Commentary

Stanford's Apple Heart Study Finds Wearables Can Detect Irregular Heart Rates

The health value of wearables just received a big boost.

The preliminary results from a study involving 400,000 participants showed that wearable technology can safely identify heart irregularities.

The Apple Heart Study was conducted by researchers from the Stanford University School of Medicine and funded by Apple.

The researchers confirmed by subsequent testing that heart rate irregularities identified by participants wearing Apple watches could be atrial fibrillation.

The study, started in 2017, intended to determine whether a mobile app using data from a heart-rate pulse sensor on the Apple Watch could identify atrial fibrillation.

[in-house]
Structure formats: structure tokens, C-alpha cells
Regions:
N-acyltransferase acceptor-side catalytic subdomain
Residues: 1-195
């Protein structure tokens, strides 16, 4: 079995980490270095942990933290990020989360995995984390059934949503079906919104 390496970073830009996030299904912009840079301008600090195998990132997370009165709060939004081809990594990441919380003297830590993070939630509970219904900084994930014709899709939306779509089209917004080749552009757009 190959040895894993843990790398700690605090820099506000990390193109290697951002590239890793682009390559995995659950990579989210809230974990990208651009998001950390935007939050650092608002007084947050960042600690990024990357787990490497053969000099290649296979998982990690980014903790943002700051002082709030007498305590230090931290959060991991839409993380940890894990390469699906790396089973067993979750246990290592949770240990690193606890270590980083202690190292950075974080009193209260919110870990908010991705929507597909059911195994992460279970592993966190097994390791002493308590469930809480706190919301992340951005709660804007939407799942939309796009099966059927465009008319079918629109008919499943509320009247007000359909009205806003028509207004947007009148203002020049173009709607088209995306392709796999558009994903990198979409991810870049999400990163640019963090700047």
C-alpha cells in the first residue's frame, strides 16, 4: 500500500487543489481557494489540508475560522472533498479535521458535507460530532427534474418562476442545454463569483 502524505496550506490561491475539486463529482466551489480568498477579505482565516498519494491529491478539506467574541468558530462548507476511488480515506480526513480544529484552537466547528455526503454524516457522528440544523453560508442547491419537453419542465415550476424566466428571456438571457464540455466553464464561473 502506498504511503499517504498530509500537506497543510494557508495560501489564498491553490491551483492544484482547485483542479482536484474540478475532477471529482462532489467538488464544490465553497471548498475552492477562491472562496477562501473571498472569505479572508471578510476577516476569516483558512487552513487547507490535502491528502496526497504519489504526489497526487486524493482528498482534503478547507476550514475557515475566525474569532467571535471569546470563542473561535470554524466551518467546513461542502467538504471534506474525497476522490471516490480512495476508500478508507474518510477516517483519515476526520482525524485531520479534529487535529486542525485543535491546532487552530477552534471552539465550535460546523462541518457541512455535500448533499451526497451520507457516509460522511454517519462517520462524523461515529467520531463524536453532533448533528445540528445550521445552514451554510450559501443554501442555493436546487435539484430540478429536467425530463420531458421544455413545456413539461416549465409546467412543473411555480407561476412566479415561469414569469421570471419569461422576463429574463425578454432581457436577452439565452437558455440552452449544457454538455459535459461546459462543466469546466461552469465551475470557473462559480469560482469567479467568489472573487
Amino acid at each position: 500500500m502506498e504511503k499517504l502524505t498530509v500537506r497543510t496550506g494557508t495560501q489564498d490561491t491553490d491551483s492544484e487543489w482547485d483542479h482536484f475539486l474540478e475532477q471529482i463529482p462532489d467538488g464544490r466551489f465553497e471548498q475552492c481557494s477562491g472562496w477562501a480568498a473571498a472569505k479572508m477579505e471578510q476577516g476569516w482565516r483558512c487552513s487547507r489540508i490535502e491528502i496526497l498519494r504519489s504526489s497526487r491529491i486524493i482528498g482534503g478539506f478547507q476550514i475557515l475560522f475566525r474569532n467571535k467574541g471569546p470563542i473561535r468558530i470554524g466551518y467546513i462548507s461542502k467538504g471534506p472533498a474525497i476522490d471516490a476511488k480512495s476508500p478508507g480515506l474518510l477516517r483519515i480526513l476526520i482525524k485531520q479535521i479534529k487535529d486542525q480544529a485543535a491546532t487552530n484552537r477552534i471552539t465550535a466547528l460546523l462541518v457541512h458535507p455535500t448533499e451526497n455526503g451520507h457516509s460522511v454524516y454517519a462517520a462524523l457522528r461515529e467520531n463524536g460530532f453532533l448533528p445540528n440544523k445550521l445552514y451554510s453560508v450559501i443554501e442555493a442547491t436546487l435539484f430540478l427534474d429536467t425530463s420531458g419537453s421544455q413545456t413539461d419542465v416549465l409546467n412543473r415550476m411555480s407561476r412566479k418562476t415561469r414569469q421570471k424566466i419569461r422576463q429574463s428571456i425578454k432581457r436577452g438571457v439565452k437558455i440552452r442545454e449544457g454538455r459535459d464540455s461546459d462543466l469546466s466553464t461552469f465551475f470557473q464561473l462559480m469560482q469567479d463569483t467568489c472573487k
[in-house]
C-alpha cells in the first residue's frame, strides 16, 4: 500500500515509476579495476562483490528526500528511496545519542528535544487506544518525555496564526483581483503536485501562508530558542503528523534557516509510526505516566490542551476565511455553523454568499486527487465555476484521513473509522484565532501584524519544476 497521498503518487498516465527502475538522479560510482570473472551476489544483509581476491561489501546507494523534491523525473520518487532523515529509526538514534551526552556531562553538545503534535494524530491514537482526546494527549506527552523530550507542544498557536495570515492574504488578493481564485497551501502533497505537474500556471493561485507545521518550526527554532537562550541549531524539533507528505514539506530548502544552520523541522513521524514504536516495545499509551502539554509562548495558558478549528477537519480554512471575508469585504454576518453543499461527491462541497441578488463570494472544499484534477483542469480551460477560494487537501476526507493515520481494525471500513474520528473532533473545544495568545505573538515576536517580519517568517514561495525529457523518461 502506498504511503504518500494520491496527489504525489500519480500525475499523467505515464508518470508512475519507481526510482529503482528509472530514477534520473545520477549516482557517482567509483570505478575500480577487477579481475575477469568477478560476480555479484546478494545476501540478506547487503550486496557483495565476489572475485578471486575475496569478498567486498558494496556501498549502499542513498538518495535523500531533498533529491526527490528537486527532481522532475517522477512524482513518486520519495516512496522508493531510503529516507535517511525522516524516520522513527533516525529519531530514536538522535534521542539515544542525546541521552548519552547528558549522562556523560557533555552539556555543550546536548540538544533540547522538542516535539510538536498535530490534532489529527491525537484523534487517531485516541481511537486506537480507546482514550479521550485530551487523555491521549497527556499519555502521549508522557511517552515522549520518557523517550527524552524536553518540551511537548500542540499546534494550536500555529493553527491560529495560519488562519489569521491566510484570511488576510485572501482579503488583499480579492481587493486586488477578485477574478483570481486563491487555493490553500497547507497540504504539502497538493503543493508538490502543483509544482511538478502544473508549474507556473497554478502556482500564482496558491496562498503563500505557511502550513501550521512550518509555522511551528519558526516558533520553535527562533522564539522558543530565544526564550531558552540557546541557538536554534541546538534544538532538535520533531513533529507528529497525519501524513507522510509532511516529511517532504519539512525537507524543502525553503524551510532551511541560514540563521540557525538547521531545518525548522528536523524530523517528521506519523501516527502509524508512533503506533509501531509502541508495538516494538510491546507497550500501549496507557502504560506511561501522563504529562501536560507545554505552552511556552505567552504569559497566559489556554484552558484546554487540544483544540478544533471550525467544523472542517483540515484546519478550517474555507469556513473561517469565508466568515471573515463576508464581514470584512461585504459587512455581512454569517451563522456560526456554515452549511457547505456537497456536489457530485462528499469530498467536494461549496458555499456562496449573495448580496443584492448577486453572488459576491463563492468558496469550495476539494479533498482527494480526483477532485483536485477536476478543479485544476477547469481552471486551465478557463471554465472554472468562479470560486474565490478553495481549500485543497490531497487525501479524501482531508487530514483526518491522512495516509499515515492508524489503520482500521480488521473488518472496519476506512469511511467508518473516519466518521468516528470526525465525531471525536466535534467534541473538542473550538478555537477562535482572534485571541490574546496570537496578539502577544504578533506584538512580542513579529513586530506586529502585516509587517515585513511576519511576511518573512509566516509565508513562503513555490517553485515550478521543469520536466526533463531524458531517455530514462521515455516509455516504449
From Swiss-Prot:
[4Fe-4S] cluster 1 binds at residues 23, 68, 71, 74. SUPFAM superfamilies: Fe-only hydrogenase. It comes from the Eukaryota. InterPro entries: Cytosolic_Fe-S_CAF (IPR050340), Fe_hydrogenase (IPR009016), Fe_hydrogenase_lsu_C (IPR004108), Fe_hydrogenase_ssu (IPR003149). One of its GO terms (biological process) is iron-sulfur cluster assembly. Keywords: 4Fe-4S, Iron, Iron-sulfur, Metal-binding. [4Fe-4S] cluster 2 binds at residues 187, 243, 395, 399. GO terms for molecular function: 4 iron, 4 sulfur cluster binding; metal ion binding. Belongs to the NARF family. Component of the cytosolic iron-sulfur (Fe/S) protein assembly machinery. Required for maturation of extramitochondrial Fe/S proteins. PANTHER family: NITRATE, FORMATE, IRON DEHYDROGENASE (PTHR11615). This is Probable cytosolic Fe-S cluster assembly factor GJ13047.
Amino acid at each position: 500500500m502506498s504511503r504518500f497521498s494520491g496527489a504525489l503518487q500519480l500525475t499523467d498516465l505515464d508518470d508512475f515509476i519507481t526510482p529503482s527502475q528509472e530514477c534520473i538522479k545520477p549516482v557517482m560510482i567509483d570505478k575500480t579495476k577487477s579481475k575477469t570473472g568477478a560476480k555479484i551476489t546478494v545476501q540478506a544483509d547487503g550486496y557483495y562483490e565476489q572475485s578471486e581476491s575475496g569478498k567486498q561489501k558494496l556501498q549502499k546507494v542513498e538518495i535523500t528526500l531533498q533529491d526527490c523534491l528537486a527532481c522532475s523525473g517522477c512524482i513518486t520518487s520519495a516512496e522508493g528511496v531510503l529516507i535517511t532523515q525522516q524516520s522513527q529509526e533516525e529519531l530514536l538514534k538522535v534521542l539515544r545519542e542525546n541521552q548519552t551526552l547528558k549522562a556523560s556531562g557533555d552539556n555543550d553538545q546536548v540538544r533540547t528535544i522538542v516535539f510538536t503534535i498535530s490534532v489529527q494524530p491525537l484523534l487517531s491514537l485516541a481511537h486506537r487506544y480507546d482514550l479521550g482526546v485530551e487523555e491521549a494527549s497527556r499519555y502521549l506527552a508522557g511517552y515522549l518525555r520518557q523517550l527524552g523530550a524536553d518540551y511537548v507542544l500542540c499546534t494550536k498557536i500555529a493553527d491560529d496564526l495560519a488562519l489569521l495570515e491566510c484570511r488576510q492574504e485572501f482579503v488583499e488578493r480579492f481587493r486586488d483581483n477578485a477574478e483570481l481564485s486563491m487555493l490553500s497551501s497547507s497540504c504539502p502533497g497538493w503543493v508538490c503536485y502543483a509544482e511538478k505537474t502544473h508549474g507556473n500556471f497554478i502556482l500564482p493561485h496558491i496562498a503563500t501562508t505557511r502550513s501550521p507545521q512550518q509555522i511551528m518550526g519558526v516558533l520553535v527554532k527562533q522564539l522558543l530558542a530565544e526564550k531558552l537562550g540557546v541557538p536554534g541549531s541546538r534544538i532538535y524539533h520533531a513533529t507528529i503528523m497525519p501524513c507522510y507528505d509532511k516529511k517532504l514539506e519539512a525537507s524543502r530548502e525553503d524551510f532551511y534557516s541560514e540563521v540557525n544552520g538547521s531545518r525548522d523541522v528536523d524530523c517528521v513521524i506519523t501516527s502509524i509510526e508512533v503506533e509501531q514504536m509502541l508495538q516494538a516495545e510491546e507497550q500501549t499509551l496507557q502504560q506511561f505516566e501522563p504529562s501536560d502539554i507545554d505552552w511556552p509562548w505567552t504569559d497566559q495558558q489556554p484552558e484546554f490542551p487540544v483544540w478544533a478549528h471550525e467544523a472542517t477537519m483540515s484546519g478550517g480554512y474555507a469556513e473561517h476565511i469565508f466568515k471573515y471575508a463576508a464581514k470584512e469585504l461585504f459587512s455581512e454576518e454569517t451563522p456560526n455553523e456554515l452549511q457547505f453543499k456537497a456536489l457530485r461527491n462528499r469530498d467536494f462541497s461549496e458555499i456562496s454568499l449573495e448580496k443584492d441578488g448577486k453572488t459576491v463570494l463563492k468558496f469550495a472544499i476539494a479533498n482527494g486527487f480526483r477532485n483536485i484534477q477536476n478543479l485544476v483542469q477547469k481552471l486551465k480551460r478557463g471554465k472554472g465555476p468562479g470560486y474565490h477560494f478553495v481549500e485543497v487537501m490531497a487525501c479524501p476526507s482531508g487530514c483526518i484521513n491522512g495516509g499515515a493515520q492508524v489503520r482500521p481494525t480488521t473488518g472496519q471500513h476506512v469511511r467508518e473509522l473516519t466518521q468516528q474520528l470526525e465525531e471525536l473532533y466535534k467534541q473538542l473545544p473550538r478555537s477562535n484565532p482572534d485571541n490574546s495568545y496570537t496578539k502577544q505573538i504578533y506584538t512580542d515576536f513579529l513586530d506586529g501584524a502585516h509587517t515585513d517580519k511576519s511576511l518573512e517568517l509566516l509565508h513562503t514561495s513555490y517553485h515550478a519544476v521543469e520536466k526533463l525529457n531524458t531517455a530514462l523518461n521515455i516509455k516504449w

In the study, .5% of the participants received irregular pulse notifications and they were sent an electrocardiography (ECG) patch to wear for follow-up detection of atrial fibrillation episodes.

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About a third (34%) of the participants who received irregular pulse notifications and followed up with an ECG patch over a week later were found to have atrial fibrillation.

The majority (57%) of those who received irregular pulse notifications sought medical attention, according to the study.

Other tech suppliers, including Fitbit and Samsung, also make smartwatches that include heart rate monitoring, but the Apple-funded study included only Apple watches.

The study is at least one indicator of the increasing potential of wearable devices.

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